The chief executive of one of the country's largest office landlords said while most of Corporate Canada is doing a good job at bringing employees back to the office, he doesn’t understand why certain leaders are delaying their plans. 
“I think Corporate Canada is beginning to accelerate and lead again with the respect to the return to the office. There is a chartered bank who, for some reason only known to it, has declared it’s not returning until 2022,” Michael Emory, chief executive officer of Allied Properties REIT said in an interview Wednesday. 
The bank Emory is referring to is Toronto-Dominion Bank, which revealed in September that it’s not planning to start returning its employees to the office until next year.
He called TD’s move an “unusual thing to do at that point in time” since COVID-19 vaccination programs were well underway and were proving successful in controlling the spread of the virus. 
Emory previously said Canada’s big banks need to take the lead in the country's return to the office, just as they did with remote work at the onset of the pandemic.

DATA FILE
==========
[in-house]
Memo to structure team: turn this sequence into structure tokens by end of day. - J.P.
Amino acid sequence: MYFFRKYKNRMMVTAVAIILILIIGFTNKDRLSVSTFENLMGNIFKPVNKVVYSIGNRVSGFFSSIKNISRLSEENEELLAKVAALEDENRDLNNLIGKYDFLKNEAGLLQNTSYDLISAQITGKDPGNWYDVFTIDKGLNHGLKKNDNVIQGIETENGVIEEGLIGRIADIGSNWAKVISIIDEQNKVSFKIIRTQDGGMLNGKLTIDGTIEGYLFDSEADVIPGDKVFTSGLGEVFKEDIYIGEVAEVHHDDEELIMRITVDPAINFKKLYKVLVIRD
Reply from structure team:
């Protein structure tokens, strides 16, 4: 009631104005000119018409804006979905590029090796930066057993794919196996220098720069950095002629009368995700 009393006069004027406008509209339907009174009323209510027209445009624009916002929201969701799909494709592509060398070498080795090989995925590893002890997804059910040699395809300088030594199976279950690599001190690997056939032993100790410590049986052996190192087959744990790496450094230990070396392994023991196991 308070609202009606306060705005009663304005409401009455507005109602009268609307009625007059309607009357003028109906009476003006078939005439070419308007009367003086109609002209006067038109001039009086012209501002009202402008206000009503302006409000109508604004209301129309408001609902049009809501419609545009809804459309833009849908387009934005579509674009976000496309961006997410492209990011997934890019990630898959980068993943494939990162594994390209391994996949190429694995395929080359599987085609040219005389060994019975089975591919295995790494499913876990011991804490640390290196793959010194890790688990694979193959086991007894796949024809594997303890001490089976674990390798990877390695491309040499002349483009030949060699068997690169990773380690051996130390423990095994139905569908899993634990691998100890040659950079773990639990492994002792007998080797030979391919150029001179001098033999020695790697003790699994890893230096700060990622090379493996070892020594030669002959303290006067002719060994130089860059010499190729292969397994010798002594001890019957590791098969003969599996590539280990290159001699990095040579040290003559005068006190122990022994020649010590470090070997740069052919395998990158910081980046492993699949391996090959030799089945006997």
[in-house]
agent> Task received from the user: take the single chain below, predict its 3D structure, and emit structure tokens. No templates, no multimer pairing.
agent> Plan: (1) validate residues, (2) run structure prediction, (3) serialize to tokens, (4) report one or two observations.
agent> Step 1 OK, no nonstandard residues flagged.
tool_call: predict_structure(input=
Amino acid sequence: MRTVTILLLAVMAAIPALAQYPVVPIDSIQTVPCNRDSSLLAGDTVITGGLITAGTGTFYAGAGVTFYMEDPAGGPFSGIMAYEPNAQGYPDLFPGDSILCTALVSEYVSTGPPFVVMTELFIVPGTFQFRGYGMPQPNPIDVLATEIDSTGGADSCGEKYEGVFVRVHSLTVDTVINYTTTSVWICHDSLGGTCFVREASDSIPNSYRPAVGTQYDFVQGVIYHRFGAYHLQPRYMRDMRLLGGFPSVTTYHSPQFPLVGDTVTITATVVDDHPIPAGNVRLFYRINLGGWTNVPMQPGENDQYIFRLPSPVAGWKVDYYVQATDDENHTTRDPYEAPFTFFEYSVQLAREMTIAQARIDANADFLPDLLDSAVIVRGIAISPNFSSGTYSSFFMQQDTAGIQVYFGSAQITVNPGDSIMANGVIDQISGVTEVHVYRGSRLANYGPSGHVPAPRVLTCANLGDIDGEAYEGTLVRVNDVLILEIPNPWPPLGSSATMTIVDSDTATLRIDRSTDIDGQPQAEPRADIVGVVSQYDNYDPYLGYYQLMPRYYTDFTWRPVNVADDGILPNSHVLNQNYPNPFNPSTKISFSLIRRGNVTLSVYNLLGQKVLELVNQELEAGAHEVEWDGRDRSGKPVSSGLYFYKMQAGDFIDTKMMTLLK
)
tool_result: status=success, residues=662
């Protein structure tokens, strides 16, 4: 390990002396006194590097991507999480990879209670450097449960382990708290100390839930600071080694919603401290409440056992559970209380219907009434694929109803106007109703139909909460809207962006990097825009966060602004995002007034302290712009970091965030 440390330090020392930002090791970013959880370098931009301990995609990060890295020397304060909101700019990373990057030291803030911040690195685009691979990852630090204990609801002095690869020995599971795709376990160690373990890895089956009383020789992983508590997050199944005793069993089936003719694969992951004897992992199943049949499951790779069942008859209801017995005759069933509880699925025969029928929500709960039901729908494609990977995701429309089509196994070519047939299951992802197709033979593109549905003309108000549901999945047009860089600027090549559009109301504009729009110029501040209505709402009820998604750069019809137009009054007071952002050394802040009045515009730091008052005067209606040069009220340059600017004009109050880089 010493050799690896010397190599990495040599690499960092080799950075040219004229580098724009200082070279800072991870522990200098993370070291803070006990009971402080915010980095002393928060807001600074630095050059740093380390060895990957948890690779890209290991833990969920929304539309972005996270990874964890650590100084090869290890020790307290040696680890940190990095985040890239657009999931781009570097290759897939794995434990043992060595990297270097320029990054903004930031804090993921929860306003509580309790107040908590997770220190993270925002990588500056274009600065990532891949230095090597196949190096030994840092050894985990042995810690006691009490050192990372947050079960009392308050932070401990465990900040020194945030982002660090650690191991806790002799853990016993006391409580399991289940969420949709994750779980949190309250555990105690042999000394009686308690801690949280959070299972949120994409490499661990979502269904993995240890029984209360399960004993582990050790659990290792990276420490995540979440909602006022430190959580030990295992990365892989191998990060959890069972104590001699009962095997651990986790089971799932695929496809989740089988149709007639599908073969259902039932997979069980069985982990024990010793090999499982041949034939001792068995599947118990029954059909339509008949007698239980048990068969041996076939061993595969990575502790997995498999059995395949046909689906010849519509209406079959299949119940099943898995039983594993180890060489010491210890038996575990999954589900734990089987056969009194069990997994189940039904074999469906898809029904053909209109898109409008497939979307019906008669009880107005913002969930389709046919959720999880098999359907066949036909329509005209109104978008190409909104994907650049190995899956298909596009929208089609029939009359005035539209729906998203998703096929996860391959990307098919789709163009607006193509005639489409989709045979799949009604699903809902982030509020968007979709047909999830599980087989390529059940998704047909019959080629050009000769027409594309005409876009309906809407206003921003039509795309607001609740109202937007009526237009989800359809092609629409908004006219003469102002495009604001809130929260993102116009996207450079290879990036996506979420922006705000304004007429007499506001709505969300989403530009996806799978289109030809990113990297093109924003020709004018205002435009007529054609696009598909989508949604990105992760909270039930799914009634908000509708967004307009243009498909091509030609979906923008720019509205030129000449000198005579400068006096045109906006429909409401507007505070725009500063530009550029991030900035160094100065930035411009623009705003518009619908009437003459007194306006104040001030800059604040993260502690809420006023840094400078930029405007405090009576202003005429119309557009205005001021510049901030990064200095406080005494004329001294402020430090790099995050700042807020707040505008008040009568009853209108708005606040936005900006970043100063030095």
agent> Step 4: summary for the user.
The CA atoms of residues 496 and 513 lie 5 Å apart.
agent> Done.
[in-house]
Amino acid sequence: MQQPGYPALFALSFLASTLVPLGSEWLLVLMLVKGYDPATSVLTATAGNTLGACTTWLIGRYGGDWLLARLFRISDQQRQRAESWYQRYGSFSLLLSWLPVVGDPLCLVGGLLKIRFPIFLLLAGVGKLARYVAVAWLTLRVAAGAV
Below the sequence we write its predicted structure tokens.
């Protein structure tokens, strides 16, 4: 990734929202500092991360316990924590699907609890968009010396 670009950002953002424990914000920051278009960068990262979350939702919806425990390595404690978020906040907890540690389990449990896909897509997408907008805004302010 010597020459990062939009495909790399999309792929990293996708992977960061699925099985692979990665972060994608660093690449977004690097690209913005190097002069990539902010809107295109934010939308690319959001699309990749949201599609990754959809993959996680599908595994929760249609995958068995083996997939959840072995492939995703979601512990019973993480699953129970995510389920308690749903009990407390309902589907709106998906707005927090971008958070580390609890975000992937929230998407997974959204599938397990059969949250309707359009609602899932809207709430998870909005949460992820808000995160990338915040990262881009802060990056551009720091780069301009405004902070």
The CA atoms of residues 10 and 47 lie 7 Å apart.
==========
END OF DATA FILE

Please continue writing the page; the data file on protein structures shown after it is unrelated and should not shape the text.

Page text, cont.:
“Progress has been made (and) the acceleration has begun. There are a few conspicuous exceptions, and the rationale for that is beyond me, but I can see significant progress and significant leadership being exhibited by leading Canadian corporate institutions and organizations,” Emory said. 
Allied operates about 200 office properties concentrated in Canada’s major cities. Many of its tenants are knowledge-based firms. 
Emory said out of Allied’s 1,300 tenants, about 81 per cent have reopened their offices and have been steadily bringing workers back. 
“There hasn’t been a great deal that they’ve had to do to their space in order to meet the physical distancing and other protocols that all well-run office users have to meet in the current circumstances. So, return-to-office is very much underway for us and physical alternations required to facilitate that – because most of our space is open plan – fortunately, is minimal,” he said.